Rent controls could be brought in across the whole of London to tackle the ‘affordability crisis’.
However, the critics were lining up after Mayor Sadiq Khan said yesterday he will develop a new blueprint for stabilising or controlling private rents in the capital.
If the Mayor himself cannot bring in rent controls, he will demand that the Government does, with a precedent likely to be set for elsewhere.
His announcement came as new polling carried out by City Hall and YouGov found strong support for rent controls, with over two-thirds (68%) of Londoners in favour.
Only 16% were against, while the remainder had no opinion.
Khan argues that between 2005 and 2016, average private rents in London rose by 38%, and that over a quarter of Londoners (27%) now rent.
According to the Valuation Office, renters in London pay more for a one-bedroom home than tenants elsewhere in England pay for one with three bedrooms.
Khan has invited Karen Buck, Labour MP for Westminster North, to work with London deputy mayor for housing James Murray to develop proposals for rent stabilisation or control laws.
If rent controls are to be introduced in the capital, a precedent could be set for England and possibly Wales, which like Scotland has devolved housing powers.
In Scotland, new laws allow councils to implement ‘rent pressure zones’ where rent rises are capped at no higher than inflation.
Khan, who has already said he wants to see the end of Section 21, or ‘no fault’ evictions, appears to accept that as Mayor he may not have the powers to bring in rent controls.
Yesterday he said that if this is the case, he will campaign and lobby for changes to be implemented by the Government.
He said: “London is in the middle of a desperate housing crisis that has been generations in the making. At City Hall we are doing everything in our power to tackle it, but I have long been frustrated by my lack of powers to help private renters.
“The arguments for rent control are overwhelming, and Londoners overwhelmingly want it to happen. It’s vital that the Government acts.”
Karen Buck, who introduced the Homes (Fitness for Human Habitation) Act 2018 as a Private Member’s Bill, said: “We need an approach to rent stabilisation and control that works in London, and I am very pleased to be working with Sadiq’s team to develop a blueprint for what Government should do.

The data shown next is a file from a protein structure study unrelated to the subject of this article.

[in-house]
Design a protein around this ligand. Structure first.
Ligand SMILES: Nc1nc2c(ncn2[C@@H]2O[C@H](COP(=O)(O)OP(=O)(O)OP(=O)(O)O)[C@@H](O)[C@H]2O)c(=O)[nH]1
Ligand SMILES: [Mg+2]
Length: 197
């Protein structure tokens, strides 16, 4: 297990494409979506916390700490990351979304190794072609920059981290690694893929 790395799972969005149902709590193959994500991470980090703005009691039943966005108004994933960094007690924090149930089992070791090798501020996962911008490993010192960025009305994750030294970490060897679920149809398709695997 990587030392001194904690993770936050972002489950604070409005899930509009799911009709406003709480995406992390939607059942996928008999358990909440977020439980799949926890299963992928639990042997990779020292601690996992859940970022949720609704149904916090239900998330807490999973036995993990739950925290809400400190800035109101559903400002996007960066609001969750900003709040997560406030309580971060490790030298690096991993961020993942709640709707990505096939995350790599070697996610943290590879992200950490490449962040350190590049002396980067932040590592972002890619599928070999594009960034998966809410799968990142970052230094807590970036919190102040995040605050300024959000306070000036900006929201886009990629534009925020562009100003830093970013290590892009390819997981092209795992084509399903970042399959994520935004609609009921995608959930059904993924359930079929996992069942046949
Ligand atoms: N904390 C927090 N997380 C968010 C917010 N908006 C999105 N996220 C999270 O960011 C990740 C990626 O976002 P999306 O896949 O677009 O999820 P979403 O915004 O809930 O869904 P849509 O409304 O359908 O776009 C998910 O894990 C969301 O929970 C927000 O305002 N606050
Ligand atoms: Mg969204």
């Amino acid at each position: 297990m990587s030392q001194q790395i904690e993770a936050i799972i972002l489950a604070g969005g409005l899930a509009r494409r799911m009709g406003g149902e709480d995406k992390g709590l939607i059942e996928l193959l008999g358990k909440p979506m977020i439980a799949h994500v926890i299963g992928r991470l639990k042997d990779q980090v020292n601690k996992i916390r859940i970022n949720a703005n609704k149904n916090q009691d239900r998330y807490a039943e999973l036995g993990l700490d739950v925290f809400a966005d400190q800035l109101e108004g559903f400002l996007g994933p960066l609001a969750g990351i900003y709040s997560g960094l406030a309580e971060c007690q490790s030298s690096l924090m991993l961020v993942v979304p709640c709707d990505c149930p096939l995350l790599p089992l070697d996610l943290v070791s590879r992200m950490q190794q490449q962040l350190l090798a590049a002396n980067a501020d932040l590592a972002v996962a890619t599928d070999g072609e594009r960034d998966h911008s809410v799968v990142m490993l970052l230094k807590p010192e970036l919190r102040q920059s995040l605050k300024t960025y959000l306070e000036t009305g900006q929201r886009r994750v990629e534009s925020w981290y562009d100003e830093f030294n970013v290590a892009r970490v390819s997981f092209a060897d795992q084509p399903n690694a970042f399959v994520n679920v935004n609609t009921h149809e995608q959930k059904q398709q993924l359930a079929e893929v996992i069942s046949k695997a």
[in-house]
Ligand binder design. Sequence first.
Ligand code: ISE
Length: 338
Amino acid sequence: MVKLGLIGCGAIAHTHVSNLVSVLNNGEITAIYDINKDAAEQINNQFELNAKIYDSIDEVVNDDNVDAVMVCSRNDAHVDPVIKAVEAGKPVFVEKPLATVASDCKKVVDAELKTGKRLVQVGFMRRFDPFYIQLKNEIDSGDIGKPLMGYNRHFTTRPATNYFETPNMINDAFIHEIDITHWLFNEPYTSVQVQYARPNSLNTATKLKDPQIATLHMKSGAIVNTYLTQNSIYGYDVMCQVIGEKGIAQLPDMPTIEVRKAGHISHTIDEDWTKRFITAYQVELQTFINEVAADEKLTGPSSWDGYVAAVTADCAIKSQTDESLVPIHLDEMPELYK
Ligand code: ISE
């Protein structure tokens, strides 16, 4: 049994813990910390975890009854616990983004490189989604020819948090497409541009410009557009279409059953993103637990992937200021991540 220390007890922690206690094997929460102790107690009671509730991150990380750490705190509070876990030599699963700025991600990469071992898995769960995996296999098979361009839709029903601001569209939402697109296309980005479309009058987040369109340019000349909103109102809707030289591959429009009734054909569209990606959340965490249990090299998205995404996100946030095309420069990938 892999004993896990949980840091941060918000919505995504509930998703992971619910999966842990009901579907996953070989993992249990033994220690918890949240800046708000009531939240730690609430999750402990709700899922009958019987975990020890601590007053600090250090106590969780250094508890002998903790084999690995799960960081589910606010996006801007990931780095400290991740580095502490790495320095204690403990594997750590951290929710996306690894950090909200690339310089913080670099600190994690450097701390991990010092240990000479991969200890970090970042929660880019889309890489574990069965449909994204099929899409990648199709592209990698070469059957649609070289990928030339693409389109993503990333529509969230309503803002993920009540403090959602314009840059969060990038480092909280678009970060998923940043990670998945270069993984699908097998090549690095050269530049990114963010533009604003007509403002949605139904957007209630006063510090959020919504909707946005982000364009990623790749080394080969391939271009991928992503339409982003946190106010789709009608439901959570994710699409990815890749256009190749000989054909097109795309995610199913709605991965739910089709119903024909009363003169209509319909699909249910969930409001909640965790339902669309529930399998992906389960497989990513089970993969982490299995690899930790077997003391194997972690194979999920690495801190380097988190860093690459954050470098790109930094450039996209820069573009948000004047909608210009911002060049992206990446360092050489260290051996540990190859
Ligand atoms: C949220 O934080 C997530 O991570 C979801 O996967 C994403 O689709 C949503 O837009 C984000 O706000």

“Once we have set out these proposals, we will argue the case that ministers must support London’s private renters by putting our plans into action.”
Hannah Slater, policy manager at Generation Rent, said: “We applaud the Mayor’s commitment to explore how rent controls can work to provide Londoners with stable and affordable homes.”
However, critics of Khan’s rent control plans are already warning against such a plan.
David Cox, CEO of ARLA, said: “Rent controls do not work; they hits hardest those designed to help the most, and political parties advocating such systems have failed to learn the lessons of history.
“The last time rent controls existed in this country, the private rented sector shrunk from 90% to 7%.
“At a time of demand for PRS homes massively outstripping supply, rent controls will cause the sector to shrink.
“In turn, this means professional landlords will only take the very best tenants, and the vulnerable and low-income people that rent controls are designed to help, will be forced into the hands of rogue and criminal operators, who may exploit them.”
John Goodall, CEO of buy-to-let lender Landbay, accused the mayor of “grandstanding”.
He said: “Rent controls are likely to lead to a reduced investment into the rental sector and thus a further shortage of high-quality rental accommodation.
“That will not lead to a positive outcome for London’s renters as they will find it harder to find decent properties.
“The Mayor should be looking to find ways to encourage investment rather than political grandstanding that will end up harming those that he claims he is trying to help.”
Chris Norris, of the National Landlords Association, said: “It is frankly bizarre that the Mayor of London should choose to develop a blueprint for stabilising rents.
“It is equally odd that the announcement justifying the decision should be based on rent data for 2005 and 2016, when according to the Mayor of London’s own housing data, private rents in the capital have dropped consistently from 2016.
“In the year to July 2018, private rents in London fell 0.3% compared to an average increase in the rest of England of 1.6%. When adjusted for inflation (as published by the Mayor’s team) this equates to a real-terms fall of around 2.25%.
“It’s often assumed that high rents are the product of landlords’ greed rather than market forces. However, housing costs are seen as relatively high because wages have not kept pace with the cost of supply. Capping the rent which can be charged will alter neither of these factors.
“Artificially suppressing rents sounds like an easy solution, but it would be counter-productive and fails to address the root causes of a lack of affordable housing.
“History shows that rent controls stifle the supply of housing and reduce the money available to a landlord to maintain their properties. That benefits no one.”
The Residential Landlords Association said: “All evidence around the world shows that where forms of rent control are in place, decoupling prices from the value of properties hurts both tenants and landlords.”